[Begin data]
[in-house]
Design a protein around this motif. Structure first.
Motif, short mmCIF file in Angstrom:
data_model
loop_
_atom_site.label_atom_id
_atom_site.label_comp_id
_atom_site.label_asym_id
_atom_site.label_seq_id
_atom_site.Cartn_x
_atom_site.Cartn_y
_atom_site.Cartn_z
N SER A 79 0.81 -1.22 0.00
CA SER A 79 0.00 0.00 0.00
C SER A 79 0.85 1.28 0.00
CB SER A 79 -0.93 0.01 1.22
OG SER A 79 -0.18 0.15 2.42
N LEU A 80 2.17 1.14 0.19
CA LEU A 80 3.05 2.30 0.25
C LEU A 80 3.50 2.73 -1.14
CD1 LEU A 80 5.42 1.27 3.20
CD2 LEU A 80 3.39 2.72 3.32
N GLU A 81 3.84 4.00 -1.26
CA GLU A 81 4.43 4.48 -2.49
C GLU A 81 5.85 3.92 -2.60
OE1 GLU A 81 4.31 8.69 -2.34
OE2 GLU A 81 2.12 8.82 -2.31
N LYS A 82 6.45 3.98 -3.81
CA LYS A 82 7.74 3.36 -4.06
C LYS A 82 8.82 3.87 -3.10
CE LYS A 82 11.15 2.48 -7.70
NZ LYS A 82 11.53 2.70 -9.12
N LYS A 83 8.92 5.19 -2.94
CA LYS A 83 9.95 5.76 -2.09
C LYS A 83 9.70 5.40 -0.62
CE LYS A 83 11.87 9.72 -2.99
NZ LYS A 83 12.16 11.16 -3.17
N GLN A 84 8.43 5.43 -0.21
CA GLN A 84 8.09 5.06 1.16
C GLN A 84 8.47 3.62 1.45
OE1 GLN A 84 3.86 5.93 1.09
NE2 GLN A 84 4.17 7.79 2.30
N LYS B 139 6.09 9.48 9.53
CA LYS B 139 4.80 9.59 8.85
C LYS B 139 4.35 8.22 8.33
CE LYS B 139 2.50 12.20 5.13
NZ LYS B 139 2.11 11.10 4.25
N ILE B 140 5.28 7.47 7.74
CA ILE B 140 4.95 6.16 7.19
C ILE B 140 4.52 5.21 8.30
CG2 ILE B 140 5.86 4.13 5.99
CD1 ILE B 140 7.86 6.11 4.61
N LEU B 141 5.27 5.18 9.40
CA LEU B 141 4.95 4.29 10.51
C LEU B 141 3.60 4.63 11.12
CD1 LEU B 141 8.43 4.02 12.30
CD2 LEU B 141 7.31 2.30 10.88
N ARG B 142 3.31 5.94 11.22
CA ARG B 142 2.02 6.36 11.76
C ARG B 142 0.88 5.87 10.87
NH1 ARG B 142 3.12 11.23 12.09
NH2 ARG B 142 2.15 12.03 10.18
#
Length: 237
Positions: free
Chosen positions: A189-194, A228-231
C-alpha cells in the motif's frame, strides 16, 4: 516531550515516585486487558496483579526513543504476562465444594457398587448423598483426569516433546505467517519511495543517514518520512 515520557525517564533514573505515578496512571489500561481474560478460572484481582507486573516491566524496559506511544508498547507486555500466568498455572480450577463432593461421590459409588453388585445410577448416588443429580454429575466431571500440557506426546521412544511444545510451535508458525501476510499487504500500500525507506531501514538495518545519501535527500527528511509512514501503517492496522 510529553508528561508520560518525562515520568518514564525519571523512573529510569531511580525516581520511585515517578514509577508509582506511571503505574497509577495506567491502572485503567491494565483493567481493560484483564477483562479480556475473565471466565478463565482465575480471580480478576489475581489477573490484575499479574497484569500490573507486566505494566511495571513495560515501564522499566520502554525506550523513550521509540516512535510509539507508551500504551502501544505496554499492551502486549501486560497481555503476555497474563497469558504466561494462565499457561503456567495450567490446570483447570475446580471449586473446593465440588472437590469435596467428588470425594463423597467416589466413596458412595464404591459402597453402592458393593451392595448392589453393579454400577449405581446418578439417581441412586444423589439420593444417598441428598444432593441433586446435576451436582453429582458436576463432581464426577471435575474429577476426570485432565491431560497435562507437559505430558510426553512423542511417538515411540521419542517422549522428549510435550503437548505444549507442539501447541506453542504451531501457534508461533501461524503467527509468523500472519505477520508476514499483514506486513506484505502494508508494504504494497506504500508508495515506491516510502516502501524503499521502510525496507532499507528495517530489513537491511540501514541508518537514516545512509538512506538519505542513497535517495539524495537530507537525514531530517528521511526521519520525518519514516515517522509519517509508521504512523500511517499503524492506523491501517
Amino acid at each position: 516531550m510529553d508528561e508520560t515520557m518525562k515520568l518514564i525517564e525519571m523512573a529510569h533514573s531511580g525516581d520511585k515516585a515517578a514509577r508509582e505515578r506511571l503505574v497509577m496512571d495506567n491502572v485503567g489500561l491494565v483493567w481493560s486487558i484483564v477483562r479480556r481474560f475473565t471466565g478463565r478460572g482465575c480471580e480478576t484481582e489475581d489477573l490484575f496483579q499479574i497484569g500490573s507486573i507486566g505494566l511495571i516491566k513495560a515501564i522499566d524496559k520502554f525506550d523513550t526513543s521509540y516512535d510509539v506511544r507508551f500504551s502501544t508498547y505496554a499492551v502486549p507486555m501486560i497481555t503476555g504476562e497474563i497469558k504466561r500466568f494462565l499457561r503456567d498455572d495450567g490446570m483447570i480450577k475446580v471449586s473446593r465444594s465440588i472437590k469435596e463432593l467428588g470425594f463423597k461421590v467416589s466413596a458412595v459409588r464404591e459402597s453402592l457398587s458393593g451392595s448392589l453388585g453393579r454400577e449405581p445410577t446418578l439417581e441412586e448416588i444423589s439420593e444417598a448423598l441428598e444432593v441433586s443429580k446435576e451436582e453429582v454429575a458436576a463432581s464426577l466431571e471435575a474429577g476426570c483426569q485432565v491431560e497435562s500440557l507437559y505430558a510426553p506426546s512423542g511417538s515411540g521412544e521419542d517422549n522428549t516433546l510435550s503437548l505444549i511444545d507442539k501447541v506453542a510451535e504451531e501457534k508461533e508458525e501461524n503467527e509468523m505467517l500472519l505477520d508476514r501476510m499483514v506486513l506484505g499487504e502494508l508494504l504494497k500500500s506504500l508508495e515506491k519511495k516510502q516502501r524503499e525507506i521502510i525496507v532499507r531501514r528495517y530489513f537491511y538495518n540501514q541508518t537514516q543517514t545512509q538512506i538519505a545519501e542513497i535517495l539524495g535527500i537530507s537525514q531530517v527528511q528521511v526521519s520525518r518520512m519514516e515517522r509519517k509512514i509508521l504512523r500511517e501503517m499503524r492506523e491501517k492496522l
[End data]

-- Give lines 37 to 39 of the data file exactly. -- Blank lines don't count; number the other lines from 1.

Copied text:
NZ LYS A 83 12.16 11.16 -3.17
N GLN A 84 8.43 5.43 -0.21
CA GLN A 84 8.09 5.06 1.16